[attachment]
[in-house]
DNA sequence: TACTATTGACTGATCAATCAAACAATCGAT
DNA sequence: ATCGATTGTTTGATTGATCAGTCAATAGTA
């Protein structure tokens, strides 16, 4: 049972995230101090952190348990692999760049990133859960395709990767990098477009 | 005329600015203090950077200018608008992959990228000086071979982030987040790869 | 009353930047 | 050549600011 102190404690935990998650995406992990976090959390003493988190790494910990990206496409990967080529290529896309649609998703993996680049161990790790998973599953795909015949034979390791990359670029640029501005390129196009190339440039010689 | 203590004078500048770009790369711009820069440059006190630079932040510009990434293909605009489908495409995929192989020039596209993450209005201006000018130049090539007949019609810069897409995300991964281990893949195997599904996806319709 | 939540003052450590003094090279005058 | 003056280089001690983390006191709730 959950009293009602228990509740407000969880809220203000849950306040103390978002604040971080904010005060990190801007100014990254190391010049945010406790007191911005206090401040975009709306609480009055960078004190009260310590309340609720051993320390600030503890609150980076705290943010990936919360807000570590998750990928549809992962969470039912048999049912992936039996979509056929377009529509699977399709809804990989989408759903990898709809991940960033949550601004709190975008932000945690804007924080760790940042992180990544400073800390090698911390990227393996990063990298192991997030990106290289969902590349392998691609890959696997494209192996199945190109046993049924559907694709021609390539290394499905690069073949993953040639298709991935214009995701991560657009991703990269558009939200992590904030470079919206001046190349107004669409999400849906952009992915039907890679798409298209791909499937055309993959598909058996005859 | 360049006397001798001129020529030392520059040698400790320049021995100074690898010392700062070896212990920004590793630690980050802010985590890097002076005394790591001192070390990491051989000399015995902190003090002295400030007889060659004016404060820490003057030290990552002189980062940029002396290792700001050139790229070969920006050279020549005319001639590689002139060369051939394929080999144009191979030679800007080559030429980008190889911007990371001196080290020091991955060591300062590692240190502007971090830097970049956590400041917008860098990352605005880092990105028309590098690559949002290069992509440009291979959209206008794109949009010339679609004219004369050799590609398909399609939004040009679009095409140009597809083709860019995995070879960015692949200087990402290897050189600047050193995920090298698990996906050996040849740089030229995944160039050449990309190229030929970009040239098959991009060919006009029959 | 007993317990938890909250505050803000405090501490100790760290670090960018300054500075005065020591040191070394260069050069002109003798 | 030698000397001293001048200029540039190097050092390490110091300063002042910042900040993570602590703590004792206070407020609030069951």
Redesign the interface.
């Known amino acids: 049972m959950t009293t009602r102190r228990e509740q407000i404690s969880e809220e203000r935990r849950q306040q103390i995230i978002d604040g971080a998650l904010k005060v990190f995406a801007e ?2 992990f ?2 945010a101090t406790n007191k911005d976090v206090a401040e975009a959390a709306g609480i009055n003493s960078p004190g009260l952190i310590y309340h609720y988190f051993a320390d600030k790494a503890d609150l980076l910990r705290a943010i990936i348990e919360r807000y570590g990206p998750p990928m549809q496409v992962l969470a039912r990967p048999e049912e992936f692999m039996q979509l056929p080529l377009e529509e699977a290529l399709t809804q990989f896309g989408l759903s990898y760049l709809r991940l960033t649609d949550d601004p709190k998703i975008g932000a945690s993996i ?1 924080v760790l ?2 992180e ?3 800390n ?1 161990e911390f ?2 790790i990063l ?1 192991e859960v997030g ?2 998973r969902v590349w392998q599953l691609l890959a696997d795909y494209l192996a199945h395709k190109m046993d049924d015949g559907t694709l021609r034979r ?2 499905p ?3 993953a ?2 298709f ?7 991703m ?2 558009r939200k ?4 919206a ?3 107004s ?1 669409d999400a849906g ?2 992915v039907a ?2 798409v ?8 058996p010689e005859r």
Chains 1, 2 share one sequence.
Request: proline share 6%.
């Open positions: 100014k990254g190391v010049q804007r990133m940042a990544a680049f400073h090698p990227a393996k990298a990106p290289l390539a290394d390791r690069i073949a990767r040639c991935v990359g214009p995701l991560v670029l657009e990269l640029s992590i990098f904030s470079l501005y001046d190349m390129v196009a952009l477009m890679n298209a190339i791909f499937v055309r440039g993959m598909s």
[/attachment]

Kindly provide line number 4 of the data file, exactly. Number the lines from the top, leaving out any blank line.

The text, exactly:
């Protein structure tokens, strides 16, 4: 049972995230101090952190348990692999760049990133859960395709990767990098477009 | 005329600015203090950077200018608008992959990228000086071979982030987040790869 | 009353930047 | 050549600011 102190404690935990998650995406992990976090959390003493988190790494910990990206496409990967080529290529896309649609998703993996680049161990790790998973599953795909015949034979390791990359670029640029501005390129196009190339440039010689 | 203590004078500048770009790369711009820069440059006190630079932040510009990434293909605009489908495409995929192989020039596209993450209005201006000018130049090539007949019609810069897409995300991964281990893949195997599904996806319709 | 939540003052450590003094090279005058 | 003056280089001690983390006191709730 959950009293009602228990509740407000969880809220203000849950306040103390978002604040971080904010005060990190801007100014990254190391010049945010406790007191911005206090401040975009709306609480009055960078004190009260310590309340609720051993320390600030503890609150980076705290943010990936919360807000570590998750990928549809992962969470039912048999049912992936039996979509056929377009529509699977399709809804990989989408759903990898709809991940960033949550601004709190975008932000945690804007924080760790940042992180990544400073800390090698911390990227393996990063990298192991997030990106290289969902590349392998691609890959696997494209192996199945190109046993049924559907694709021609390539290394499905690069073949993953040639298709991935214009995701991560657009991703990269558009939200992590904030470079919206001046190349107004669409999400849906952009992915039907890679798409298209791909499937055309993959598909058996005859 | 360049006397001798001129020529030392520059040698400790320049021995100074690898010392700062070896212990920004590793630690980050802010985590890097002076005394790591001192070390990491051989000399015995902190003090002295400030007889060659004016404060820490003057030290990552002189980062940029002396290792700001050139790229070969920006050279020549005319001639590689002139060369051939394929080999144009191979030679800007080559030429980008190889911007990371001196080290020091991955060591300062590692240190502007971090830097970049956590400041917008860098990352605005880092990105028309590098690559949002290069992509440009291979959209206008794109949009010339679609004219004369050799590609398909399609939004040009679009095409140009597809083709860019995995070879960015692949200087990402290897050189600047050193995920090298698990996906050996040849740089030229995944160039050449990309190229030929970009040239098959991009060919006009029959 | 007993317990938890909250505050803000405090501490100790760290670090960018300054500075005065020591040191070394260069050069002109003798 | 030698000397001293001048200029540039190097050092390490110091300063002042910042900040993570602590703590004792206070407020609030069951």